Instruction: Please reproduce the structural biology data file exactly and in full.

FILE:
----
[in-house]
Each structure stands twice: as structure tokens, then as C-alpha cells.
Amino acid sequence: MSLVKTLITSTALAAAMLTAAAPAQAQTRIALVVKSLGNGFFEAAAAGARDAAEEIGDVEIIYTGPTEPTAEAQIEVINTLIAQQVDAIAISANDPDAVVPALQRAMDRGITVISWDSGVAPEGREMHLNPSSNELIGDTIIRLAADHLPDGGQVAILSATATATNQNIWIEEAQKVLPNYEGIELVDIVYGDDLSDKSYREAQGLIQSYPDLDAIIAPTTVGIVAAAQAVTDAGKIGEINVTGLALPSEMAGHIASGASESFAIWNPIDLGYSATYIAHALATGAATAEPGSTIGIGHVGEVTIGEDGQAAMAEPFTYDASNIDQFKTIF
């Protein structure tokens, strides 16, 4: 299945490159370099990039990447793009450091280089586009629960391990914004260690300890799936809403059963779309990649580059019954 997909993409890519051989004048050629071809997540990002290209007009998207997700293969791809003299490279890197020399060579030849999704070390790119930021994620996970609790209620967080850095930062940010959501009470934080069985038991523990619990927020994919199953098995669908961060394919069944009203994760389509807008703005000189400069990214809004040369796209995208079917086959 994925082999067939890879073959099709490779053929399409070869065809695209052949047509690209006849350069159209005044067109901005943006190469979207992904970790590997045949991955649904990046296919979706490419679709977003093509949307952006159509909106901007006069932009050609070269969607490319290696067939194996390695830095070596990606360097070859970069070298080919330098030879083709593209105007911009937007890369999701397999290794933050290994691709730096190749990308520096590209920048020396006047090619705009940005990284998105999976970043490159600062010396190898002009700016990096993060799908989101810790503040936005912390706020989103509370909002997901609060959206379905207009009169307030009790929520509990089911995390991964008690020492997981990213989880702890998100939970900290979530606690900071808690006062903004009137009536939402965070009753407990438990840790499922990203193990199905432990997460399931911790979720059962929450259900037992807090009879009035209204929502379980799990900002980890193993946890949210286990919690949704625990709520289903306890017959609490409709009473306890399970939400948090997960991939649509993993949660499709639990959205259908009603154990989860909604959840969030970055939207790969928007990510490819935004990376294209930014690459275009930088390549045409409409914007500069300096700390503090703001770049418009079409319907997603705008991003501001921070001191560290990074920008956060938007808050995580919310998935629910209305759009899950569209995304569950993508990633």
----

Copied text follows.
[in-house]
Each structure stands twice: as structure tokens, then as C-alpha cells.
Amino acid sequence: MSLVKTLITSTALAAAMLTAAAPAQAQTRIALVVKSLGNGFFEAAAAGARDAAEEIGDVEIIYTGPTEPTAEAQIEVINTLIAQQVDAIAISANDPDAVVPALQRAMDRGITVISWDSGVAPEGREMHLNPSSNELIGDTIIRLAADHLPDGGQVAILSATATATNQNIWIEEAQKVLPNYEGIELVDIVYGDDLSDKSYREAQGLIQSYPDLDAIIAPTTVGIVAAAQAVTDAGKIGEINVTGLALPSEMAGHIASGASESFAIWNPIDLGYSATYIAHALATGAATAEPGSTIGIGHVGEVTIGEDGQAAMAEPFTYDASNIDQFKTIF
């Protein structure tokens, strides 16, 4: 299945490159370099990039990447793009450091280089586009629960391990914004260690300890799936809403059963779309990649580059019954 997909993409890519051989004048050629071809997540990002290209007009998207997700293969791809003299490279890197020399060579030849999704070390790119930021994620996970609790209620967080850095930062940010959501009470934080069985038991523990619990927020994919199953098995669908961060394919069944009203994760389509807008703005000189400069990214809004040369796209995208079917086959 994925082999067939890879073959099709490779053929399409070869065809695209052949047509690209006849350069159209005044067109901005943006190469979207992904970790590997045949991955649904990046296919979706490419679709977003093509949307952006159509909106901007006069932009050609070269969607490319290696067939194996390695830095070596990606360097070859970069070298080919330098030879083709593209105007911009937007890369999701397999290794933050290994691709730096190749990308520096590209920048020396006047090619705009940005990284998105999976970043490159600062010396190898002009700016990096993060799908989101810790503040936005912390706020989103509370909002997901609060959206379905207009009169307030009790929520509990089911995390991964008690020492997981990213989880702890998100939970900290979530606690900071808690006062903004009137009536939402965070009753407990438990840790499922990203193990199905432990997460399931911790979720059962929450259900037992807090009879009035209204929502379980799990900002980890193993946890949210286990919690949704625990709520289903306890017959609490409709009473306890399970939400948090997960991939649509993993949660499709639990959205259908009603154990989860909604959840969030970055939207790969928007990510490819935004990376294209930014690459275009930088390549045409409409914007500069300096700390503090703001770049418009079409319907997603705008991003501001921070001191560290990074920008956060938007808050995580919310998935629910209305759009899950569209995304569950993508990633």